(Photo by The Birmingham News)
It’s taken me some time, but I can now honestly say I miss City Stages. Not the City Stages I skipped from 2004 to 2008—and regretted attending in 2009—but the festival which, at its best, was as good a thing as my hometown has ever done for itself.
I’m talking about the City Stages I was proud to serve as an Artist Hospitality volunteer for at least a dozen years. Where discovering an important new band, for me, was practically an annual occurrence. And where my increasing disappointment over the last few years has been replaced almost entirely by good memories—including a few memories I might describe as bit…cloudy.
That description would certainly fit my recollections of the first year. Security for the VIP section was extremely lax. Despite an unrelenting effort on my part, the complimentary bar never ran dry. And, hours after the last show ended Saturday night, I discovered that a certain out-of-towner (who shall remain nameless) had convinced my group I’d find a ride home with someone else. No matter. The 35-block walk from downtown to the top of Red Mountain was probably what I needed at that point. (Although I did cancel my membership in Mister Let’s Just Go’s fan club.)
I first volunteered for Artist Hospitality duty the second year—and was granted my request to serve as Ambassador for The Staple Singers. My first job of the weekend was to drive Mavis and her sister, Cleotha, from the airport to their hotel. I don’t remember Cleotha uttering so much as a word (other than the occasional, “Mmm-hmm!”), because Mavis—a born entertainer, on and offstage—never drew so much as a breath the entire time.
She talked about the time Bob Dylan asked her to marry him—accenting the story with a shrill, nasally imitation of his proposal. She talked about how it was actually the Vegas mob who killed Sam Cooke, because they’d caught him fooling around with Anne Margaret. She talked about anything, and everything, that popped into her head—and with that voice, I could have listened to her talk all day. I almost did.
The next year, I waited too late to request a band—and was assigned a milquetoast folk-rock group much loved among, I’ll call it, the “preppy / granola co-ed” set. Nice guys, actually, but their departing flight left 6:30 Saturday morning. Which I didn’t learn until about 6:30 Friday evening. Which meant I’d have to wake-up at 4:30, and check-out a Hospitality Van from behind the locked gate at the stage. To spare my wife the shared pleasure of a 4:30 alarm, I slept on the sofa. More accurately, I lay on the sofa—falling asleep twice (no more than 15 minutes each time), waking in a sweat both times because I dreamed that I’d slept through the alarm.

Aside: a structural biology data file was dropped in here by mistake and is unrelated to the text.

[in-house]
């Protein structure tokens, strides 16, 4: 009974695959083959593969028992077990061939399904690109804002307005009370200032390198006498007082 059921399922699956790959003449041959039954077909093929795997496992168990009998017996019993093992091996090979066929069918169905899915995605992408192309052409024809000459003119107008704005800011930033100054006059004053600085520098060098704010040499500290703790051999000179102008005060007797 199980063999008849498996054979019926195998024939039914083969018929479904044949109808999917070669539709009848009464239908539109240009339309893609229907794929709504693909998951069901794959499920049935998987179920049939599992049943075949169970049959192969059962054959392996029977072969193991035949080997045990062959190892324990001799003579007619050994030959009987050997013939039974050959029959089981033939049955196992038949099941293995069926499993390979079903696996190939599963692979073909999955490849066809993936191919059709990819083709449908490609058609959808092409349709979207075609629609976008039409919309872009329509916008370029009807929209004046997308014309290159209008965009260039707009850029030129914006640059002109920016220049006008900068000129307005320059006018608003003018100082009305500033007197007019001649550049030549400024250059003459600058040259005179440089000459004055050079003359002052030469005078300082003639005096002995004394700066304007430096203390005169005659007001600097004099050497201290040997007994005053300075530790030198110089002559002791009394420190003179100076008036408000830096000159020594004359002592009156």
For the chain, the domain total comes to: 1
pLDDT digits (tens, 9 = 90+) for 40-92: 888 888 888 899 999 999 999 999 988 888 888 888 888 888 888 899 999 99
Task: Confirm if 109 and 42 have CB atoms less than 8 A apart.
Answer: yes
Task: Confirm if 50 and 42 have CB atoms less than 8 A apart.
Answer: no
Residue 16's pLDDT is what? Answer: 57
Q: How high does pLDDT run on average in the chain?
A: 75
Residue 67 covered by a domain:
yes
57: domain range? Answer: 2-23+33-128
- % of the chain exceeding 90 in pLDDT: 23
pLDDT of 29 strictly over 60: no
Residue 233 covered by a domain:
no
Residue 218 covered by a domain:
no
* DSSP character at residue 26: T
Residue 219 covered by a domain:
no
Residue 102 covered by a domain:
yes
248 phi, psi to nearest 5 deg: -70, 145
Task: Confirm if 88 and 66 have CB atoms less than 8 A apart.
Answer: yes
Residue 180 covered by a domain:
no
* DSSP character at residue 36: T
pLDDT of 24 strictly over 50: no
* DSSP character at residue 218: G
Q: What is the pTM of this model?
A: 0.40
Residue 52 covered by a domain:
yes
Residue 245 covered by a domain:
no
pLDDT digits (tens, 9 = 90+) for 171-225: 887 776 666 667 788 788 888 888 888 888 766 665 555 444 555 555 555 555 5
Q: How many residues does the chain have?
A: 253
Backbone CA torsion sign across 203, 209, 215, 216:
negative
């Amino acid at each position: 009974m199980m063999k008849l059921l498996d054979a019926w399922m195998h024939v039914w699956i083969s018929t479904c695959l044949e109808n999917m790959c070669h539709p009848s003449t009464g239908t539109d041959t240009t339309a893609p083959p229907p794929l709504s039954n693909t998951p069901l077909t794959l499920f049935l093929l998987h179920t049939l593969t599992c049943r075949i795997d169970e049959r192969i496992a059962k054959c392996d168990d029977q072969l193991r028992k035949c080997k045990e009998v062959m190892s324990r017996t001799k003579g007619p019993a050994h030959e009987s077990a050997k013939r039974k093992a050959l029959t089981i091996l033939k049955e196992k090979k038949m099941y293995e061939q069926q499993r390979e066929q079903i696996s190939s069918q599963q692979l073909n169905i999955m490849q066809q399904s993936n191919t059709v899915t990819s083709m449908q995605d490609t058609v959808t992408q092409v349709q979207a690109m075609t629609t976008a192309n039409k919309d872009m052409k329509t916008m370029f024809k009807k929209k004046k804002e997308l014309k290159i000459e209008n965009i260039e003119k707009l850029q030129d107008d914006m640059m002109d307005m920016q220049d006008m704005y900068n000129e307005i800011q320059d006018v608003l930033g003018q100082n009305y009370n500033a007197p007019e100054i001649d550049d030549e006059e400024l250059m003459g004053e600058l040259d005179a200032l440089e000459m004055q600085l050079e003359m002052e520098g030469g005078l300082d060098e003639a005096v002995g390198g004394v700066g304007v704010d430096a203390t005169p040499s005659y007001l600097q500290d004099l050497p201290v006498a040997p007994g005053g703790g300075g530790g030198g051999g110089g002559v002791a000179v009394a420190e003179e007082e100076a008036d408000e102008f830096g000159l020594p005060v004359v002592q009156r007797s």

After that year, if there wasn’t a group on the weekend schedule I was dying to serve, I’d request local bands—who invariably drove themselves to the show. Which meant I got a free weekend backstage pass for being present when the bands pulled up—then offering a friendly smile, a hearty handshake, and meal tickets. Which is also why it didn’t bother me a bit when volunteers were asked to pay a nominal sum (maybe $20) for the privilege of being volunteers.
It wasn’t long before the value of a backstage pass far surpassed the once-coveted VIP ticket—which, in later years, bought its high-paying bearers the privilege of standing in long lines for warm beer and bad stir fry. On the other hand, a backstage pass meant you could bypass the inevitable crowd-crush logjams between stages. And, almost as importantly, use Port-o-Lets that never had lines. And, oh-by-the-way, get to meet the occasional musical hero—who, if they were in the right mood (and they usually were) would gladly sign their albums and CDs for you.
Because after all, music is mostly what City Stages was about—and for the first 15 years, there were several bands I wanted to see every year. So many that it’s hard to pick even a handful of favorite experiences. Although I do have City Stages to thank for introducing me to Donna The Buffalo—my favorite group of the past two decades.
In addition to the music itself, City Stages’ great legacy for me is the way it still colors my experience of certain intersections downtown. Just the other day, I parked in front of now-closed La Paree restaurant—and was immediately transported back to the night Dan Hicks (easily an all-time Top 20 solo artist for me) performed.
Even though the evening pre-dated his brilliant 2000 comeback album, Beatin’ The Heat, Hicks (who was in fine form and jolly disposition) already had a formidable catalog of albums he’d recorded in the mid-to-late 70’s. All of which he was only too happy to sign for me. Two or three records into my stack, he looked at one cover, and said, “Hey, I remember that album. That was a pretty good one, wasn’t it?”
Yes it was. Much like the festival whose comeback I’d welcome in a heartbeat.
This column was originally published in the July, 2011 issue of B-Metro Magazine.